Former state's attorney pushes back against Acosta account of Epstein case

A former state's attorney in Palm Beach County, Fla., pushed back on Wednesday against Labor Secretary Alexander AcostaAlex Alexander AcostaThe Hill's Morning Report - Trump seizes House impeachment vote to rally GOP Trump's new labor chief alarms Democrats, unions NBC News releases video showing Trump, Epstein at 1992 party MORE's portrayal of events surrounding a favorable deal for financier Jeffrey Epstein more than a decade ago.

Barry Krischer, the Palm Beach County state's attorney at the time of the investigation, called Acosta's account, which alleged Krischer was prepared to let Epstein walk without serving jail time until Acosta's office stepped in, "completely wrong."

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Acosta "should not be allowed to rewrite history," Krischer said in a statement.

Acosta held a news conference earlier in the day in which he adamantly defended his work as U.S. attorney in brokering an agreement to ensure Epstein spent time in prison and was required to register as a sex offender. 

Since Epstein was charged Monday with sex trafficking in New York City, Acosta has come under scrutiny for his role in negotiating that 2008 deal in Florida in which Epstein pleaded guilty to soliciting prostitution under Florida law, registered as a sex offender and spent just over a year in prison while having work-release privileges.

The Miami U.S. Attorney’s Office had prepared a federal indictment against Epstein, but it was never filed. Acosta has also faced criticism for failing to disclose the plea deal to Epstein’s victims, something he said would have jeopardized the agreement. 

Krischer downplayed his office's role in the eventual plea deal, and alleged the U.S. Attorney's Office abandoned its federal indictment after "secret negotiations between Mr. Epstein's lawyers and Mr. Acosta."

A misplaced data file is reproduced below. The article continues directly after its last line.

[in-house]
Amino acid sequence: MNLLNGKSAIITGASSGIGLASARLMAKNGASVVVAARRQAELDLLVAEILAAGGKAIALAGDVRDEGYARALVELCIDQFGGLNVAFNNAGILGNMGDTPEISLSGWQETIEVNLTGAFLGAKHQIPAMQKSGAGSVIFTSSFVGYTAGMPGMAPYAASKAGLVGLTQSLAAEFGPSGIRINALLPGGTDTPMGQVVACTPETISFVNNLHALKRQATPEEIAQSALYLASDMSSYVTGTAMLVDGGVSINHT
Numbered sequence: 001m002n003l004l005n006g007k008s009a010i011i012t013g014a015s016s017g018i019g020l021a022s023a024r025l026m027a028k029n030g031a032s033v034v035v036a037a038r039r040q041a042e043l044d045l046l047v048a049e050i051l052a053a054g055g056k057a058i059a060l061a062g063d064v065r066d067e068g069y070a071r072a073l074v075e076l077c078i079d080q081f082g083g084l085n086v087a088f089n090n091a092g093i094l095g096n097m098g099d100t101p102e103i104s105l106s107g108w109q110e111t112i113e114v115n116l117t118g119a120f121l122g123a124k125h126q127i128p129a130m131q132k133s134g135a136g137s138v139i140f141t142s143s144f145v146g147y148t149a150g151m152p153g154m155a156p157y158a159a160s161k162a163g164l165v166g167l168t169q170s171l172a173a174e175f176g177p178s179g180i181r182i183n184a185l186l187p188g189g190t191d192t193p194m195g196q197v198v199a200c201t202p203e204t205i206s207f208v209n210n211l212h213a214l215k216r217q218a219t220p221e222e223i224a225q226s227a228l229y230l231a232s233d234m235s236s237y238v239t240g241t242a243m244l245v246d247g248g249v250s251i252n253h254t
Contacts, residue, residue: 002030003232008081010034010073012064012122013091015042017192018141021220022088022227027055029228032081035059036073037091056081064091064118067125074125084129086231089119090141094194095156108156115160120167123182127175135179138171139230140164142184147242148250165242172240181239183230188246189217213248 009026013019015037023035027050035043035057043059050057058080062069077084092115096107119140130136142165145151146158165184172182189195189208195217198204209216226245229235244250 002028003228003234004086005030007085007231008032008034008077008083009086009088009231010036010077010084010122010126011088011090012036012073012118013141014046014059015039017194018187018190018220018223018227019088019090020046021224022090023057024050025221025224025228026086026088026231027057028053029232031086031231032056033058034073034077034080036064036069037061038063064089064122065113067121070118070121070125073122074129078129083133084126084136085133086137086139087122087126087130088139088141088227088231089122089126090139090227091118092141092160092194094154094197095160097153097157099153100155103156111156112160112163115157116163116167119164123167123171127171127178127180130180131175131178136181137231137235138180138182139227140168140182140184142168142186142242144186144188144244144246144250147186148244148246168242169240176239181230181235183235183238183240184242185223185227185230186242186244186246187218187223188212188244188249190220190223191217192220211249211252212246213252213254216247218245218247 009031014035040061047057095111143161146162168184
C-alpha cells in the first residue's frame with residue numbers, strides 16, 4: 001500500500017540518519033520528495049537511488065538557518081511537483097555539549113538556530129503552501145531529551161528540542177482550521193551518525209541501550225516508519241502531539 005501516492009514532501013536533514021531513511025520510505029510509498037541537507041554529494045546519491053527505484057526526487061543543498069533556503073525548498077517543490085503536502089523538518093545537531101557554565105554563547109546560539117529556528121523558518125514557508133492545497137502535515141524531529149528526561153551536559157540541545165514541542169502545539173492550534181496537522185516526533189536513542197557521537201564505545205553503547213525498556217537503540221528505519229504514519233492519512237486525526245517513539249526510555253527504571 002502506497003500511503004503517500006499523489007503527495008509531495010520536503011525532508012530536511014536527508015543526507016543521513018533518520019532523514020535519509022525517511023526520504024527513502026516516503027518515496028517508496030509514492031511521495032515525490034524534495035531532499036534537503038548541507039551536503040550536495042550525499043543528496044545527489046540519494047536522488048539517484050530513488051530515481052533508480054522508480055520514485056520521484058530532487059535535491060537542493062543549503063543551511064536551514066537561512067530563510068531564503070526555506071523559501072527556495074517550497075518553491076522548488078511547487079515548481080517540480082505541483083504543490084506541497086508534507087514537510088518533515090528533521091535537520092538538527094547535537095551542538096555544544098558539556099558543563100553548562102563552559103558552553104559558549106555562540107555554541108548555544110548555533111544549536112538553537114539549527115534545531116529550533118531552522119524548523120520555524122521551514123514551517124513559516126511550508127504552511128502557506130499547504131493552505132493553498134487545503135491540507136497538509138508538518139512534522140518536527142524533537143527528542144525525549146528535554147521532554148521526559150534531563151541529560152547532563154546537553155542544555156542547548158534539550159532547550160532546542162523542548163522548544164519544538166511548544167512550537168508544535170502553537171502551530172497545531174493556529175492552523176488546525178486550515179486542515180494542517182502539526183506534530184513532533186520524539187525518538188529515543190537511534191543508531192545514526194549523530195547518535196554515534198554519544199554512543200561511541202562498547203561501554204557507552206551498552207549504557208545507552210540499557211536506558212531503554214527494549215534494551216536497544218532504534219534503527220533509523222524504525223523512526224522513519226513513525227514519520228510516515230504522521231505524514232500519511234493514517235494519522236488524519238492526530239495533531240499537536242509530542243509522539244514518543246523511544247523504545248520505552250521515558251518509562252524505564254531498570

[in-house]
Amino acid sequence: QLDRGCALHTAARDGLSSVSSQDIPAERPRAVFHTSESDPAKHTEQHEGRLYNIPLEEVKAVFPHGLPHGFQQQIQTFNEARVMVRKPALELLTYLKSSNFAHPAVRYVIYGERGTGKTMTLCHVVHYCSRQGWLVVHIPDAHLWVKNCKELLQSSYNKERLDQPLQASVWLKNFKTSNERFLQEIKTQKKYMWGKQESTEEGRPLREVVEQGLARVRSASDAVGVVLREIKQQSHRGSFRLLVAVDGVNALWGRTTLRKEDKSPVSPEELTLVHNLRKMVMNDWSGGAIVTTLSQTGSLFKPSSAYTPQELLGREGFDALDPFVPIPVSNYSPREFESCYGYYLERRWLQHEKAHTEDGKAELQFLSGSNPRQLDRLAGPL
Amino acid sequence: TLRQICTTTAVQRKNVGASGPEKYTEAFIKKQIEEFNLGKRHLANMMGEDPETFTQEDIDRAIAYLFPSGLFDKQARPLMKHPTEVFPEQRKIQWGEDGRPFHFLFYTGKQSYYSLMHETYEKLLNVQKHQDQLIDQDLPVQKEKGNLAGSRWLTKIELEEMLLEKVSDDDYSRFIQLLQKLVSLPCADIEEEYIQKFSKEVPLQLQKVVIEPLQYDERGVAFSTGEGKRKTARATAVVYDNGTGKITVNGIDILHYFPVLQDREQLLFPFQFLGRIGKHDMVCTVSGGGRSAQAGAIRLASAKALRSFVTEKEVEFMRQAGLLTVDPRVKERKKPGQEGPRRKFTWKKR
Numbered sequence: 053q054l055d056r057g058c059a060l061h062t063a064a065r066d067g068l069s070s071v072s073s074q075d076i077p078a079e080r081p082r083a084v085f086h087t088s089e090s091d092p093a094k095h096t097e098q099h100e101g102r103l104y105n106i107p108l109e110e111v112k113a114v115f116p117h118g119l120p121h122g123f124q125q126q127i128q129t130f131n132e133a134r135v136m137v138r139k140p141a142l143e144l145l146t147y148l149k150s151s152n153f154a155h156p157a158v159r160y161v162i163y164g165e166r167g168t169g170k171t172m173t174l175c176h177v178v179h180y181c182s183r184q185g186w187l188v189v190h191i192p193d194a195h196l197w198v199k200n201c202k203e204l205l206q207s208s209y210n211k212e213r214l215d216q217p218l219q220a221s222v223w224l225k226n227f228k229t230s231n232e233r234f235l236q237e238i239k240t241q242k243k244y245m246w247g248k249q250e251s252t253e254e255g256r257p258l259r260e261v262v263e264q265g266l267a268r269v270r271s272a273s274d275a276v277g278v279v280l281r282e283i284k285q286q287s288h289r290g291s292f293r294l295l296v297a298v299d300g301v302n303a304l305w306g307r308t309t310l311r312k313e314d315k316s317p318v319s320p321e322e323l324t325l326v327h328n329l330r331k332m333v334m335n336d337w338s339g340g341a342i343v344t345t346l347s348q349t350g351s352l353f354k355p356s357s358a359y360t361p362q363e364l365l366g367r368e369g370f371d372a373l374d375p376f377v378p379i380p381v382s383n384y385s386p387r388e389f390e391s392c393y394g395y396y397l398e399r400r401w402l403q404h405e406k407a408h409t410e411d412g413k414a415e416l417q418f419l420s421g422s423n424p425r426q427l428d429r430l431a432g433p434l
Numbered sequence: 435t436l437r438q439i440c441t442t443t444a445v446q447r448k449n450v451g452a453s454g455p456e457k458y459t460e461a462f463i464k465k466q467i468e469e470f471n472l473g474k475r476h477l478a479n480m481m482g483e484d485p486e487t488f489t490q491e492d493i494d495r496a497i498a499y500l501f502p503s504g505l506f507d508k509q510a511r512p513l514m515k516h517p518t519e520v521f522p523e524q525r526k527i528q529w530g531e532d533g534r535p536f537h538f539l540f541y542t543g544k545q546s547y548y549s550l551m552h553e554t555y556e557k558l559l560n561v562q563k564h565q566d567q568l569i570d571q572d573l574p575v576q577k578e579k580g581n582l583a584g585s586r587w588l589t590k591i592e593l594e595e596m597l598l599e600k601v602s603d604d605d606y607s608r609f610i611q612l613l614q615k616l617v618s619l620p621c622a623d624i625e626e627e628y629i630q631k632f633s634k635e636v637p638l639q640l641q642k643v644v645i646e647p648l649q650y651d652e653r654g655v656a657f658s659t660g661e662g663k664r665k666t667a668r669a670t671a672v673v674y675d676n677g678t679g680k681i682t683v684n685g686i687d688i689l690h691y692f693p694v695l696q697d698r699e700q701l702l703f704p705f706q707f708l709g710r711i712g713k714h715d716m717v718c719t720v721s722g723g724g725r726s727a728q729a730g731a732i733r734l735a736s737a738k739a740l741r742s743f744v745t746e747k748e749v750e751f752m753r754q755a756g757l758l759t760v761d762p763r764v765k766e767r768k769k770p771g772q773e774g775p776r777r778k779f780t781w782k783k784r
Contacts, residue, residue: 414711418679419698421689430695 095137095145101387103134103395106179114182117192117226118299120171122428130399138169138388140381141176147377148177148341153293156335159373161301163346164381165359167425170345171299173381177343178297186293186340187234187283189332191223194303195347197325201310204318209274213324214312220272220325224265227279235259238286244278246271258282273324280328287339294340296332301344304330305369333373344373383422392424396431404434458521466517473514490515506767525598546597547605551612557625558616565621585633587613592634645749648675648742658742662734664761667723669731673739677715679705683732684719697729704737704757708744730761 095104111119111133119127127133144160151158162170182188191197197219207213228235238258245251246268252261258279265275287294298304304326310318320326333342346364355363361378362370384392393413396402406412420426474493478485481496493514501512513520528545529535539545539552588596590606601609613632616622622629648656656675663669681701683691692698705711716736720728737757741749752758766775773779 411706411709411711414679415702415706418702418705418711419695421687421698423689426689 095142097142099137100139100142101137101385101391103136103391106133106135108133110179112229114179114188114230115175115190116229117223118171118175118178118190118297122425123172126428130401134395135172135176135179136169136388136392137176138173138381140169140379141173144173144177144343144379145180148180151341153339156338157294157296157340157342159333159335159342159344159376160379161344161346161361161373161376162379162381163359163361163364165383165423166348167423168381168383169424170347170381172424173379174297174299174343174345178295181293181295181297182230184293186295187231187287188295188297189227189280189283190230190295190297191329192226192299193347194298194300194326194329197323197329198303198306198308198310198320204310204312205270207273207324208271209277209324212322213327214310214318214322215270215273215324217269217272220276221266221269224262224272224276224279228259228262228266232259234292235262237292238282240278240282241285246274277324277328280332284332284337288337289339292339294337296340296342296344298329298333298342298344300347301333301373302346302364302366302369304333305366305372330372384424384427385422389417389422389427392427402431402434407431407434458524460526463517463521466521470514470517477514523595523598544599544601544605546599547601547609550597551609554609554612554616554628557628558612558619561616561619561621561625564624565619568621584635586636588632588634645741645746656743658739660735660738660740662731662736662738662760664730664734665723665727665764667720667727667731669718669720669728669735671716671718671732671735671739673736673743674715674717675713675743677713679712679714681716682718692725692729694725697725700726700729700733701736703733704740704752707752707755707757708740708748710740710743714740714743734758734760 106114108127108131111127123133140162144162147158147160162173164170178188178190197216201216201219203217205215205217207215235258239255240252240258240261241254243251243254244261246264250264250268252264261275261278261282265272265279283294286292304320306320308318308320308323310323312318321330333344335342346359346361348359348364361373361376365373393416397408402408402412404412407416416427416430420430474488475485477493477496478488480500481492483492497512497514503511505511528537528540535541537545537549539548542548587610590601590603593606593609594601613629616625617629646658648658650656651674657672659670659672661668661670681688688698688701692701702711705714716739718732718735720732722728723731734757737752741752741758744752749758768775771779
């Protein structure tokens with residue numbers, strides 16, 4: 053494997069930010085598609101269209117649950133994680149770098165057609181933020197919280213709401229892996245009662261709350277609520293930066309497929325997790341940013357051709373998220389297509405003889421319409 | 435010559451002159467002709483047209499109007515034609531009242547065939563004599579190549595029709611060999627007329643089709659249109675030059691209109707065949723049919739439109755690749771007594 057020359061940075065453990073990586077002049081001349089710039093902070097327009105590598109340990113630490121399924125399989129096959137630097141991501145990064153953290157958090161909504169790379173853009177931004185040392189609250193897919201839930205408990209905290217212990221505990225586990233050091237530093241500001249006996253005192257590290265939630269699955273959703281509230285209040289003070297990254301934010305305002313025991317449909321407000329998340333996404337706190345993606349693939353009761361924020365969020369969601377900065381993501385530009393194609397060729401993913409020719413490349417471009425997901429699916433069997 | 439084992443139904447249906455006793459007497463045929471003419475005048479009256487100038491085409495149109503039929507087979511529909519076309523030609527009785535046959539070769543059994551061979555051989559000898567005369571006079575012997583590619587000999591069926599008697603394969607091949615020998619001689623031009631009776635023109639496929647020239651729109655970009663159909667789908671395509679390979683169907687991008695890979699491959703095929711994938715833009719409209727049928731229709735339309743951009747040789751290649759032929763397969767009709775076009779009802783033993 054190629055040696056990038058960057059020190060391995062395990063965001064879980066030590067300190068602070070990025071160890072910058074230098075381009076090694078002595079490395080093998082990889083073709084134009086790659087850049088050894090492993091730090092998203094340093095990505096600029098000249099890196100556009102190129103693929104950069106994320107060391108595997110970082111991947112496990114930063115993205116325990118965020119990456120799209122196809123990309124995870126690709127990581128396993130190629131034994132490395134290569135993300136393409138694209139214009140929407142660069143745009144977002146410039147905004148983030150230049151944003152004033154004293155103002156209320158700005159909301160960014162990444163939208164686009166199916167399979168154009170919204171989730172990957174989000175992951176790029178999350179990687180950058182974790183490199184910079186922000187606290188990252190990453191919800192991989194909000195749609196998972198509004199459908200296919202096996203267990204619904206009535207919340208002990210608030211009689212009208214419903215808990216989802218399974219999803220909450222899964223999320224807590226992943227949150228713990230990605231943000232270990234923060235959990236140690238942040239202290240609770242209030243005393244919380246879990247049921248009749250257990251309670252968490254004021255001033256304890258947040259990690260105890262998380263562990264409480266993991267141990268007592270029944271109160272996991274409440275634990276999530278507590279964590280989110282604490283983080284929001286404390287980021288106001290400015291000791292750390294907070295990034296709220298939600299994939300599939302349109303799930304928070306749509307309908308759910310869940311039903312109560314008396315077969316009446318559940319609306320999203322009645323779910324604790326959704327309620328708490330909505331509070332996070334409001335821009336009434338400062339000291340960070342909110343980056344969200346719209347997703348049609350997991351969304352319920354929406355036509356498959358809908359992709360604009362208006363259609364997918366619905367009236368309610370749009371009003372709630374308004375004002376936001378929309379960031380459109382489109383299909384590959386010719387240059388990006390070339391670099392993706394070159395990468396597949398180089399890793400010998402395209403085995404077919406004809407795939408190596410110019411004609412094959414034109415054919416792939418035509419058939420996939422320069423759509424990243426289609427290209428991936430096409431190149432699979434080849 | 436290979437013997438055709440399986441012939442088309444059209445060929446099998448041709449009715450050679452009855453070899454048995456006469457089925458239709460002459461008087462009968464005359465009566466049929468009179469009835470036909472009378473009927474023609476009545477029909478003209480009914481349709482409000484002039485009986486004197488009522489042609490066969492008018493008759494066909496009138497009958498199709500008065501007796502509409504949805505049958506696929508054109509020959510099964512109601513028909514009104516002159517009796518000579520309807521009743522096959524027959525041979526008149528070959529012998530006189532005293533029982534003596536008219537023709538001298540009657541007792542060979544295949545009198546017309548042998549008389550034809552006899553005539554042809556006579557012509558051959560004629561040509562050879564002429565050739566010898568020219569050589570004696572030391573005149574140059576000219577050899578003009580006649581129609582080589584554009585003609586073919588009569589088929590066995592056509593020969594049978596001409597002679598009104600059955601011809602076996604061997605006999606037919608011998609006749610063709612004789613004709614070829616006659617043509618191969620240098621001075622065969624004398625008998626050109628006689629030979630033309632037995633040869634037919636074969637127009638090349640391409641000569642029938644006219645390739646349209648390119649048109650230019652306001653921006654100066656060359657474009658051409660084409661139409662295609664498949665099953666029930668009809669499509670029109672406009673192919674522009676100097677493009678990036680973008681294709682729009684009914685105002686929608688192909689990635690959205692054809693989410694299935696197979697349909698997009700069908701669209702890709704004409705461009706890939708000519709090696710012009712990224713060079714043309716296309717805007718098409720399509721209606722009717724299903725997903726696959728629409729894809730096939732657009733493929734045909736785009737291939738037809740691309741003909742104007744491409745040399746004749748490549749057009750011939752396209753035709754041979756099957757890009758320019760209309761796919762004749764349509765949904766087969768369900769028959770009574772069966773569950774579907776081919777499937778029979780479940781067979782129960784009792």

"If Mr. Acosta was truly concerned with the State’s case and felt he had to rescue the matter, he would have moved forward with the 53-page indictment that his own office drafted," Krischer said.

Krischer said his office subpoenaed witnesses took evidence to a grand jury, which returned a single felony count indictment against Epstein of soliciting prostitution.

But Palm Beach police who worked the case at the time told The Miami Herald as part of an investigation published in November that they felt pressured by Krischer to downgrade Epstein's case to a misdemeanor or to drop it entirely.

Acosta did not refer to Krischer by name during Wednesday's news conference but spoke of the Palm Beach County state's attorney. He described his own office as stepping in to ensure Epstein faced some form of punishment.

"Simply put, the Palm Beach State Attorney's Office was ready to let Epstein walk free. No jail time. Nothing," Acosta said. "Prosecutors in my former office found this to be completely unacceptable, and we became involved."

The Labor secretary has faced mounting calls to resign from Democrats, who argue that he negotiated a "sweetheart deal" for Epstein that led to the further victimization of additional young women and girls.

Acosta on Wednesday repeatedly said his team's focus was to ensure Epstein went to jail. He expressed empathy for the victims but did not offer an apology.

“Everything that the victims have gone through in these cases is horrific, and their response is entirely justified,” he said. “At the same time, I think it’s important to stand up for the prosecutors of my former office and make clear that what they were trying to do was help these victims. They should not be portrayed as individuals that just didn’t care.”